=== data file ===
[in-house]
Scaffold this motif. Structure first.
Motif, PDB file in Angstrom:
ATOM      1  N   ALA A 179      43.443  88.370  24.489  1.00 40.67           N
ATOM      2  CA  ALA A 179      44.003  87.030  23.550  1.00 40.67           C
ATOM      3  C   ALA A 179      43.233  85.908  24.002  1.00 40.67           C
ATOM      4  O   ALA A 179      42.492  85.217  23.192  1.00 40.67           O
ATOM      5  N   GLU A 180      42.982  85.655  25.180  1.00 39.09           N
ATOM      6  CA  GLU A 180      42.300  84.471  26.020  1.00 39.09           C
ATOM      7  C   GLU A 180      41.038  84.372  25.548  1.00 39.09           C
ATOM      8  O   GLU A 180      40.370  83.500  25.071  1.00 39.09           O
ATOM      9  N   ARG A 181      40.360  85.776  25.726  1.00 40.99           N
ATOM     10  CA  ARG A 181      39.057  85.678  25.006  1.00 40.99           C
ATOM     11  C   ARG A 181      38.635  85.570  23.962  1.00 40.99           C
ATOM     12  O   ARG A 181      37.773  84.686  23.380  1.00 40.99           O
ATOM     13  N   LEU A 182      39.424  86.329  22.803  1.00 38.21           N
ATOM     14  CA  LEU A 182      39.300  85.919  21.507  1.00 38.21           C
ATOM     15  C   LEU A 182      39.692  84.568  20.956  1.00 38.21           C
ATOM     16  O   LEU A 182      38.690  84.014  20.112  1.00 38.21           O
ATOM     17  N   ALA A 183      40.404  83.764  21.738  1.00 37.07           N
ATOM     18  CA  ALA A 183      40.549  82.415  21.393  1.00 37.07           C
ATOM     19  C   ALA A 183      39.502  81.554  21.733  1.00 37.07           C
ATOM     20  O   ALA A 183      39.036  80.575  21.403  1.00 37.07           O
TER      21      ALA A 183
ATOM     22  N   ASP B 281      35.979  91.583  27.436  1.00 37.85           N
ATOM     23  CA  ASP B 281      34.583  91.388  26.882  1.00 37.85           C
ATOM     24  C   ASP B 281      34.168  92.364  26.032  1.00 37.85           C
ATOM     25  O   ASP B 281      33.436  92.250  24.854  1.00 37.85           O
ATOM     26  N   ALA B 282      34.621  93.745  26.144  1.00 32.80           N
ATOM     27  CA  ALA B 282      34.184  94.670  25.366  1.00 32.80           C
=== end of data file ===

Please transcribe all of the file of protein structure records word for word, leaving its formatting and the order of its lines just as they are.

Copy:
[in-house]
Scaffold this motif. Structure first.
Motif, PDB file in Angstrom:
ATOM      1  N   ALA A 179      43.443  88.370  24.489  1.00 40.67           N
ATOM      2  CA  ALA A 179      44.003  87.030  23.550  1.00 40.67           C
ATOM      3  C   ALA A 179      43.233  85.908  24.002  1.00 40.67           C
ATOM      4  O   ALA A 179      42.492  85.217  23.192  1.00 40.67           O
ATOM      5  N   GLU A 180      42.982  85.655  25.180  1.00 39.09           N
ATOM      6  CA  GLU A 180      42.300  84.471  26.020  1.00 39.09           C
ATOM      7  C   GLU A 180      41.038  84.372  25.548  1.00 39.09           C
ATOM      8  O   GLU A 180      40.370  83.500  25.071  1.00 39.09           O
ATOM      9  N   ARG A 181      40.360  85.776  25.726  1.00 40.99           N
ATOM     10  CA  ARG A 181      39.057  85.678  25.006  1.00 40.99           C
ATOM     11  C   ARG A 181      38.635  85.570  23.962  1.00 40.99           C
ATOM     12  O   ARG A 181      37.773  84.686  23.380  1.00 40.99           O
ATOM     13  N   LEU A 182      39.424  86.329  22.803  1.00 38.21           N
ATOM     14  CA  LEU A 182      39.300  85.919  21.507  1.00 38.21           C
ATOM     15  C   LEU A 182      39.692  84.568  20.956  1.00 38.21           C
ATOM     16  O   LEU A 182      38.690  84.014  20.112  1.00 38.21           O
ATOM     17  N   ALA A 183      40.404  83.764  21.738  1.00 37.07           N
ATOM     18  CA  ALA A 183      40.549  82.415  21.393  1.00 37.07           C
ATOM     19  C   ALA A 183      39.502  81.554  21.733  1.00 37.07           C
ATOM     20  O   ALA A 183      39.036  80.575  21.403  1.00 37.07           O
TER      21      ALA A 183
ATOM     22  N   ASP B 281      35.979  91.583  27.436  1.00 37.85           N
ATOM     23  CA  ASP B 281      34.583  91.388  26.882  1.00 37.85           C
ATOM     24  C   ASP B 281      34.168  92.364  26.032  1.00 37.85           C
ATOM     25  O   ASP B 281      33.436  92.250  24.854  1.00 37.85           O
ATOM     26  N   ALA B 282      34.621  93.745  26.144  1.00 32.80           N
ATOM     27  CA  ALA B 282      34.184  94.670  25.366  1.00 32.80           C